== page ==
A tour hosted by the Alberta Farm Writers Association revealed the sheer diversity of agricultural production and processing in the Lethbridge area. It’s true much of that diversity is due to the favourable climate and availability of irrigation water. But the development of production agriculture and its related processing has more to do with the entrepreneurship of many of the people that live and work in the area. That development has seen the evolution of an ag industry that is worth billions to the economic wellbeing of the country. That industry on the whole supports thousands of fulltime jobs in production, processing, transportation, manufacturing, research and education. But what is equally as important is that most of those jobs tend to be steady, stable and long-term. Sure, they don’t provide the six-figure wages of the energy industry, but those jobs can disappear rather quickly in a downturn as many painfully find out. One notes that unemployment is somewhat lower in the Lethbridge area than other parts of the province. That’s not to say Lethbridge isn’t affected, the southern Alberta area has a significant energy sector economy, but it doesn’t dominate as much as it does elsewhere.
A new addition to the already diverse livestock production sector has been the establishment of a lamb feedlot near Picture Butte. Feeding lambs to finishing weights in large feedlots is not a new concept in Alberta, a number of them have been in operation over the past 50 years at various locations across the province. But this new lamb feedlot endeavour is different; it is large, very new and modern, and quite sophisticated in its operation and management. It would seem the shareholders were determined to make this facility the best state-of-the-art operation of its kind. It has a lamb handling operation that features equipment from Australia – some of it the first of its type in Canada. The operation is remarkably clean and well designed. It’s owned by shareholders of Canada Gold Beef, who also own Sungold Speciality Meats Ltd., which is Canada’s largest federally-inspected lamb processing plant in Innisfail. The lot has a capacity of 25,000 and its turnover last year was 45,000 lambs. It’s somewhat seasonal in operation with its peak during the fall and early winter and employs seven to 12 people. Some of the shareholders of the new lamb feedlot are themselves cattle feedlot operators; those entrepreneurs are some of the most sophisticated livestock managers (and bold risk takers) in the country. That type of professional expertise will serve this enterprise well.
Another new addition to the processing sector in Lethbridge is Egg Processing Innovations Cooperative (EPIC). This facility owned by Alberta egg producers takes surplus eggs, breaks them and turns them into bulk whole liquid eggs, yolks and whites that are in turn sold into the industrial market like bakeries, confectionaries and food processing. Those eggs used to be sent out of province for further processing. It’s a significant investment but shows considerable opportunities for expansion; research is ongoing for further use of the egg membranes and shells. A half dozen local folks are employed in the facility. The plant processes almost a million eggs per week with the latest in high tech equipment. It operates under the strictest of food safety standards set by the Canadian Food Inspection Agency.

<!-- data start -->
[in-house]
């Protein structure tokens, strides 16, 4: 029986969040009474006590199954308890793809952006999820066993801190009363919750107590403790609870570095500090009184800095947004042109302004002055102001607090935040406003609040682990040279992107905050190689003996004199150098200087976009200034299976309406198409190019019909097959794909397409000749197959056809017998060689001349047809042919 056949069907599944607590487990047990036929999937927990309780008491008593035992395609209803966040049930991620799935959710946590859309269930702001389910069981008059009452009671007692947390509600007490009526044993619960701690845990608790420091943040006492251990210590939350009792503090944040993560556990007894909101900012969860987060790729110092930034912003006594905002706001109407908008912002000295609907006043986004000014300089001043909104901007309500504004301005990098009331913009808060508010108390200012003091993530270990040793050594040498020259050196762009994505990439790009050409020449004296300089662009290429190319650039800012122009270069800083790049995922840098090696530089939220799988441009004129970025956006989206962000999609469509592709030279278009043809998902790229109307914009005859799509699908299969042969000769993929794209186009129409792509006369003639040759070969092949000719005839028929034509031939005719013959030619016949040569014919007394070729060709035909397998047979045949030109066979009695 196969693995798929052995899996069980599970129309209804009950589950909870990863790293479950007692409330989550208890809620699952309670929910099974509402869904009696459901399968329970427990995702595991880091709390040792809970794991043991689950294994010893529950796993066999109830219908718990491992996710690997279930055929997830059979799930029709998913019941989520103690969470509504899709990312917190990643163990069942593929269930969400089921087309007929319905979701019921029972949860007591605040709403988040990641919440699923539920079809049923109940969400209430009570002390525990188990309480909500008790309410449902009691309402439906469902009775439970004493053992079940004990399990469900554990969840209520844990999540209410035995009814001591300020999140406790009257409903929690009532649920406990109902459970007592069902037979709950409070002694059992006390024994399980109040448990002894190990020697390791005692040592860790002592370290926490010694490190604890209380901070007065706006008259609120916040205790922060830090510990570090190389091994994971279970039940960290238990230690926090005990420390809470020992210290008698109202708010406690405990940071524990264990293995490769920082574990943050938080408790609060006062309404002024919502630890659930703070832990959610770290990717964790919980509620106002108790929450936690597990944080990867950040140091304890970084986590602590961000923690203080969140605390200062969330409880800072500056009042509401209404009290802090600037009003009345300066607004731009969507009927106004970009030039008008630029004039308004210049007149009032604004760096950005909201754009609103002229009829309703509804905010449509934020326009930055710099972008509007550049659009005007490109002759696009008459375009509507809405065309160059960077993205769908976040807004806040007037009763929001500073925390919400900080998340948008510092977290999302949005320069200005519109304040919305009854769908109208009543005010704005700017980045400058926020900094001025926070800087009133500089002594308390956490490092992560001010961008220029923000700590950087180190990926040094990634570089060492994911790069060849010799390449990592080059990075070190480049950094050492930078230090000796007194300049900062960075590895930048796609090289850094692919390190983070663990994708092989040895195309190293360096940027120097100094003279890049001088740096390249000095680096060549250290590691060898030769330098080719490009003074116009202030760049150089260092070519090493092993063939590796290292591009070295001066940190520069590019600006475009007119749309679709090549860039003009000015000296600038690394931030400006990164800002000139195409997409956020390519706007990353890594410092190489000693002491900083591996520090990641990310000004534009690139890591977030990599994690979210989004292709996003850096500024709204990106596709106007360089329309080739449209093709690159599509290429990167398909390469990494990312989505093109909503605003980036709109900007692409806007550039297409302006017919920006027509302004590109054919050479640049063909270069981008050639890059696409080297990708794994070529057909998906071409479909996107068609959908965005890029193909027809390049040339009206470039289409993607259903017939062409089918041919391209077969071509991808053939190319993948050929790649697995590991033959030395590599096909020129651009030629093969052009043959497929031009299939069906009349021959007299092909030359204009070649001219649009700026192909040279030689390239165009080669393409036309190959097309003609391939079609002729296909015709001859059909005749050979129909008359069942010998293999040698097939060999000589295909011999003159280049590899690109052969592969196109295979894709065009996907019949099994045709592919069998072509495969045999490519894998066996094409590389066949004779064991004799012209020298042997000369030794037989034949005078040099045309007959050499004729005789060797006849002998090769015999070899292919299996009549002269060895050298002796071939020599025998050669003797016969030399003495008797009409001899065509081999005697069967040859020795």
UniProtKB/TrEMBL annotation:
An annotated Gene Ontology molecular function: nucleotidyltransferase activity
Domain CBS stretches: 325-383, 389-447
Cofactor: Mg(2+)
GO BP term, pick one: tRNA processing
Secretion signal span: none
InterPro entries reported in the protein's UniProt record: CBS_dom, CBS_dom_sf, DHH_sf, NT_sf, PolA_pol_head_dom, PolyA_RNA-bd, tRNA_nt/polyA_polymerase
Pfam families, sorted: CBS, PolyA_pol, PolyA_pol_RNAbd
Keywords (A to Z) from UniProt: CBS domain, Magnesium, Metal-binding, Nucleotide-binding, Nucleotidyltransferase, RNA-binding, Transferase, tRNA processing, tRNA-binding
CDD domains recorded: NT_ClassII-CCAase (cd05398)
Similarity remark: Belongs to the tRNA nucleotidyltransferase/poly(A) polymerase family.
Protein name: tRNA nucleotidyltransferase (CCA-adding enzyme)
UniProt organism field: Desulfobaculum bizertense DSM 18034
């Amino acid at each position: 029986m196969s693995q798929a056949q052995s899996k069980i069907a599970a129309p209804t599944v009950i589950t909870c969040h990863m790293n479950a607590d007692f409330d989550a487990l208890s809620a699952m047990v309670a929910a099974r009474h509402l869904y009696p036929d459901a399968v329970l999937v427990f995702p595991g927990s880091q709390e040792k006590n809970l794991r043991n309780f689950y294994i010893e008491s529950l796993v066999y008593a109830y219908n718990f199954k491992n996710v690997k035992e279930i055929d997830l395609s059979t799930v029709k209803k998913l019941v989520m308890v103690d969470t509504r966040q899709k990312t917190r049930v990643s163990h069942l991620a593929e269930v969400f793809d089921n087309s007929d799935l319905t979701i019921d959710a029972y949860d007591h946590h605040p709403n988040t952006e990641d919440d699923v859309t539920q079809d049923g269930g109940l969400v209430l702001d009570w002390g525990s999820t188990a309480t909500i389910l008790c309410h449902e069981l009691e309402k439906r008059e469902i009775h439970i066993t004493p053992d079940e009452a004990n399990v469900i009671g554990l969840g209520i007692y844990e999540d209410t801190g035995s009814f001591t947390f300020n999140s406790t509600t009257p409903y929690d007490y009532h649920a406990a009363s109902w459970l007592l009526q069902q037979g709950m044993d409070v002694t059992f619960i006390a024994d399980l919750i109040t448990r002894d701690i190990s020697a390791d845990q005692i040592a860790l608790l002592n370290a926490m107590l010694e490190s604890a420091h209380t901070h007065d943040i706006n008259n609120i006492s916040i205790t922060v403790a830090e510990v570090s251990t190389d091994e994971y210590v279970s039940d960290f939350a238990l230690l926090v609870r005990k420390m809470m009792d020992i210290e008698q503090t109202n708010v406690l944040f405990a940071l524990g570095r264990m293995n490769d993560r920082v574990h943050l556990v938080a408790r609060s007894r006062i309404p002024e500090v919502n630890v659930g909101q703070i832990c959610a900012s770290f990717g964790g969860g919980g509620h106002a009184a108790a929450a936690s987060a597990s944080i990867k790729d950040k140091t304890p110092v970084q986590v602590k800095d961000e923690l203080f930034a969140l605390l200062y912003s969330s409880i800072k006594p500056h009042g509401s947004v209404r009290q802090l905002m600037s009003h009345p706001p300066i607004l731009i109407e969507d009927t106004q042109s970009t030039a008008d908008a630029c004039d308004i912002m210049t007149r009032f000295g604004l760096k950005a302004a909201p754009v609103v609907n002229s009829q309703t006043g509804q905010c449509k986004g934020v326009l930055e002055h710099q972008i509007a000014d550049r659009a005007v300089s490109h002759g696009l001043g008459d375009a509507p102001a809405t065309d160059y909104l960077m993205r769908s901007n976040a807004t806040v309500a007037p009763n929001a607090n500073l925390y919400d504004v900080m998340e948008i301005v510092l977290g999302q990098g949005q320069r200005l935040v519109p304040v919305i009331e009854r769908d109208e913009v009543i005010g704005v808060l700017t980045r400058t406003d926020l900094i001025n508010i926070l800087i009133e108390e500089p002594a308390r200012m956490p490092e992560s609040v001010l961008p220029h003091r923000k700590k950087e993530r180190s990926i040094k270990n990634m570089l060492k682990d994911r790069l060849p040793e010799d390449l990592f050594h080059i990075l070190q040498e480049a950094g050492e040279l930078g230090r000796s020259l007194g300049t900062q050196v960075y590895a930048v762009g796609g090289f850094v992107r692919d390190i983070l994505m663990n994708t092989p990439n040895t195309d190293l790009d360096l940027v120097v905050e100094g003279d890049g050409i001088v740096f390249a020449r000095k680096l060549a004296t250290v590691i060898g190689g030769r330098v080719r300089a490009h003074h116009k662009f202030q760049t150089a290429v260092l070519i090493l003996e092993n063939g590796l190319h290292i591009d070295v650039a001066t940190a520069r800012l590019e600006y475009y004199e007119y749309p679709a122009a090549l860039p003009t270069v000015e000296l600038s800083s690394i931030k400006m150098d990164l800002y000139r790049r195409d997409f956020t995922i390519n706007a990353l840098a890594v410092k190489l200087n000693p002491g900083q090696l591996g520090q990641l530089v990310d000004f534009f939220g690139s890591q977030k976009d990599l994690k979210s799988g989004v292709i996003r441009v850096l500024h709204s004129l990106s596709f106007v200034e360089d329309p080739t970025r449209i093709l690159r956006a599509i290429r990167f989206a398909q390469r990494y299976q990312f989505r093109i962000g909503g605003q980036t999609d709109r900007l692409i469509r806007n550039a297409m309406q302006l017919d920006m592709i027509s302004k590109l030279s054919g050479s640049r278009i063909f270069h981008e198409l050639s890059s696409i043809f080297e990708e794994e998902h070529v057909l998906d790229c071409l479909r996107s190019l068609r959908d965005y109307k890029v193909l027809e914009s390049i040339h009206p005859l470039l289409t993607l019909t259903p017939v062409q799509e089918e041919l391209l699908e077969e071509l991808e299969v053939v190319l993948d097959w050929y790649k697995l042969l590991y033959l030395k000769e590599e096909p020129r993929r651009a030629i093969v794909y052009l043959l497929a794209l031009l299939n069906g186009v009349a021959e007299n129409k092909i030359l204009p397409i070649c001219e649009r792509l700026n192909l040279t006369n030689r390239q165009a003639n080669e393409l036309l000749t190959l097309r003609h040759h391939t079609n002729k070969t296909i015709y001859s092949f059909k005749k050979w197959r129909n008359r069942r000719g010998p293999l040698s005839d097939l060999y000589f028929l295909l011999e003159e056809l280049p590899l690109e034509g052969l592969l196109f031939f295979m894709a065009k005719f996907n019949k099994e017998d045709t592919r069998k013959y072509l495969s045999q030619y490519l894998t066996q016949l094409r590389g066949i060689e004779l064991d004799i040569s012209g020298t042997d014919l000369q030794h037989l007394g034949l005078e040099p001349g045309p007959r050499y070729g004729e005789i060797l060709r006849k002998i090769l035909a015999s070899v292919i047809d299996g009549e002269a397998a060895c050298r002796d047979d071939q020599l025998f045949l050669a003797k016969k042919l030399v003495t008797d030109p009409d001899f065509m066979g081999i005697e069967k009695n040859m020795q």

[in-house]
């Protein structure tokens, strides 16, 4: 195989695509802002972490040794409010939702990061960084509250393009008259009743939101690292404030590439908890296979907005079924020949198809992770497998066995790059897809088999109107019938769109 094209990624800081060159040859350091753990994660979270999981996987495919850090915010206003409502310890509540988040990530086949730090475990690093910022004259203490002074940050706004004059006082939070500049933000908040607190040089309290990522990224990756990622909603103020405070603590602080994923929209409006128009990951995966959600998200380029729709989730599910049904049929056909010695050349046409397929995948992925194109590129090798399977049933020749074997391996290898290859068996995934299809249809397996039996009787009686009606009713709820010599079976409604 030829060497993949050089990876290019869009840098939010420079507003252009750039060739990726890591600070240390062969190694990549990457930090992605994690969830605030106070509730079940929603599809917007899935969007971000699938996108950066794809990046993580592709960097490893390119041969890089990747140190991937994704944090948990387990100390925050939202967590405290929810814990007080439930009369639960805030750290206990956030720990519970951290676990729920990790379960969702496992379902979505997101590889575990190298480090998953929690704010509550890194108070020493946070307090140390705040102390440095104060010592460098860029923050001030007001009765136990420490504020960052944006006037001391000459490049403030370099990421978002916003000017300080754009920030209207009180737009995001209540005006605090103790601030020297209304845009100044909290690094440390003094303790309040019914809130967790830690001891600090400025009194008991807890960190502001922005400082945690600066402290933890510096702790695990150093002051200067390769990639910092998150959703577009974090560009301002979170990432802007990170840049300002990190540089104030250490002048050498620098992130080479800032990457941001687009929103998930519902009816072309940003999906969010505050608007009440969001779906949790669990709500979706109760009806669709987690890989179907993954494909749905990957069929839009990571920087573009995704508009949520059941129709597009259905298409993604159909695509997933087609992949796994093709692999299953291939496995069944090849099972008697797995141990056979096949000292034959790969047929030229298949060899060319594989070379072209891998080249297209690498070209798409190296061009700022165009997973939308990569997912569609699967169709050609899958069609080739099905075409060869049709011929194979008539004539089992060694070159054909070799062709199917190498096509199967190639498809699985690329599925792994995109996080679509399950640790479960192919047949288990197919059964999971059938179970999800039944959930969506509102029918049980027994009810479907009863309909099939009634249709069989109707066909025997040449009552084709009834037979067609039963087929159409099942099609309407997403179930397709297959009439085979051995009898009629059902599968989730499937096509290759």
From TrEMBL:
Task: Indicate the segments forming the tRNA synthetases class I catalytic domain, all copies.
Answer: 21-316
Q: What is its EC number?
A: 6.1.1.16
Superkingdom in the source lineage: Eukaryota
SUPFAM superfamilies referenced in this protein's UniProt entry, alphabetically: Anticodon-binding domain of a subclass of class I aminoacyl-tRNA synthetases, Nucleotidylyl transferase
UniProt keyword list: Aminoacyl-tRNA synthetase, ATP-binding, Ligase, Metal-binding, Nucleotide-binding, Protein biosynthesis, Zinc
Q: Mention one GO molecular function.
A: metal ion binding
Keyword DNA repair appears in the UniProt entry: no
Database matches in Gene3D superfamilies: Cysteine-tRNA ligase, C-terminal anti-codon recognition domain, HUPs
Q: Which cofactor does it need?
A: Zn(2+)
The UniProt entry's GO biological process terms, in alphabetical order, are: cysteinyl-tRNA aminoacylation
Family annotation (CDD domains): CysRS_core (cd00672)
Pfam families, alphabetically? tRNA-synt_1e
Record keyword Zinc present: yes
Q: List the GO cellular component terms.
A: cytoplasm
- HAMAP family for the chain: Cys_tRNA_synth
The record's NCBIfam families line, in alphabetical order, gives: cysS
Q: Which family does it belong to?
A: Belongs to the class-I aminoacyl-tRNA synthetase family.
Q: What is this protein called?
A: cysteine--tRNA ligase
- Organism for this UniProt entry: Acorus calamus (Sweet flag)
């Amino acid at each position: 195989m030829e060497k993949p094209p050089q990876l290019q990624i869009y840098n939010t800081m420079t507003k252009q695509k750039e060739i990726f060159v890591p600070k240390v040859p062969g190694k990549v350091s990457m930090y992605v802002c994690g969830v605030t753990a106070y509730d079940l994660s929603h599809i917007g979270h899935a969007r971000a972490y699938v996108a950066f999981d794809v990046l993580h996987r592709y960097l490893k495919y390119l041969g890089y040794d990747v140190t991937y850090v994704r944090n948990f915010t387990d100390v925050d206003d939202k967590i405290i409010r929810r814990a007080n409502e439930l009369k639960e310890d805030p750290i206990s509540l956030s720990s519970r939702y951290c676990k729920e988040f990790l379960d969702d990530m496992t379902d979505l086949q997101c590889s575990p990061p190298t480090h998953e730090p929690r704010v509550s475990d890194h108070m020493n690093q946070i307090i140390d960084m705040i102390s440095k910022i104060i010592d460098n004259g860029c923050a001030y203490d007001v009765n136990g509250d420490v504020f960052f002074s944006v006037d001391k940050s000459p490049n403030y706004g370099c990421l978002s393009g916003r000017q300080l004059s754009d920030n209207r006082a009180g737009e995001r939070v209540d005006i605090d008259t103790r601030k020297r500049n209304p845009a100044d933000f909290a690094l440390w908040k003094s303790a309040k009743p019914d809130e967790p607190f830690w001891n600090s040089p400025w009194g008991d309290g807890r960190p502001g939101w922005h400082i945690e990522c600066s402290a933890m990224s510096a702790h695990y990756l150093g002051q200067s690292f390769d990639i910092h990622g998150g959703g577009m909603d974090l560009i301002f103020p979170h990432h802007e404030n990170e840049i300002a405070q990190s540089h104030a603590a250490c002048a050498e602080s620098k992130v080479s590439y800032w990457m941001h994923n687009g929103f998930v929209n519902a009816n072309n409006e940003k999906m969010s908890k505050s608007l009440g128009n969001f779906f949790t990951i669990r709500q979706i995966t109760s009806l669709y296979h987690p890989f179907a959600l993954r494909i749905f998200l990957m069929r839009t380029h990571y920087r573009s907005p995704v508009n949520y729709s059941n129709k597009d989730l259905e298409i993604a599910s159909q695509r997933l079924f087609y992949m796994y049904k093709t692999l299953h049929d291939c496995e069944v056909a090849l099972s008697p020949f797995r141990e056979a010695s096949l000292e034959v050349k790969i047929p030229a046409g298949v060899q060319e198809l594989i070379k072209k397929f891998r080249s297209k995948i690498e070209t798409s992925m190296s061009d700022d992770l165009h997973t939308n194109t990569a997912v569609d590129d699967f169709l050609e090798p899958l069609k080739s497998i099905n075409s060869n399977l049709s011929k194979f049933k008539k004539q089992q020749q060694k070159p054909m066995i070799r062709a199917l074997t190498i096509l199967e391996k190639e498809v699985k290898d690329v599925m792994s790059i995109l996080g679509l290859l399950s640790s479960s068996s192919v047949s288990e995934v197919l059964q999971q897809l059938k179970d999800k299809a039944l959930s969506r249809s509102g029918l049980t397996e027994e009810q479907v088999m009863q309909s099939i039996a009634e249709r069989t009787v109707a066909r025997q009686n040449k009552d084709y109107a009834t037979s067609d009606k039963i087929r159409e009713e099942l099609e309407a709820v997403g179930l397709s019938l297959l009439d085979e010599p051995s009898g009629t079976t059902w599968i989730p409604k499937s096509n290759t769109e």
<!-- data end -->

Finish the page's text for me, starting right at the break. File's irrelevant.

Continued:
The greenhouse industry in southern Alberta is already well-developed, but seems to be continually expanding. It’s another high-risk industry that takes skilled management and sophisticated marketing. It’s also a highly capital intensive business and would need friendly and understanding lending institutions. A visit to Rainbow Greenhouses in Iron Springs showed the scale of this world-class operation and its use of the latest high-tech greenhouse equipment. This facility produces mainly flowering plants under a whopping 34 acres of glass ( its roofs are polypropylene). It employs 30 fulltime and 75 seasonal people, who ride bicycles just to get around this vast facility. In the spring season they dispatch as many as 60 trucks a day with flowers destined for retailers across western Canada. Interestingly most of their water does not come from irrigation, they collect rain runoff from their acres and acres of roofs and store it in a large reservoir. The greenhouse operation does burn some coal for heating in the winter; the CO2 by-product of coal-burning is separated and pumped into the greenhouse for use by plants – an interesting green arrangement for a fuel that is so reviled by the politically correct. More on other ag initiatives next time.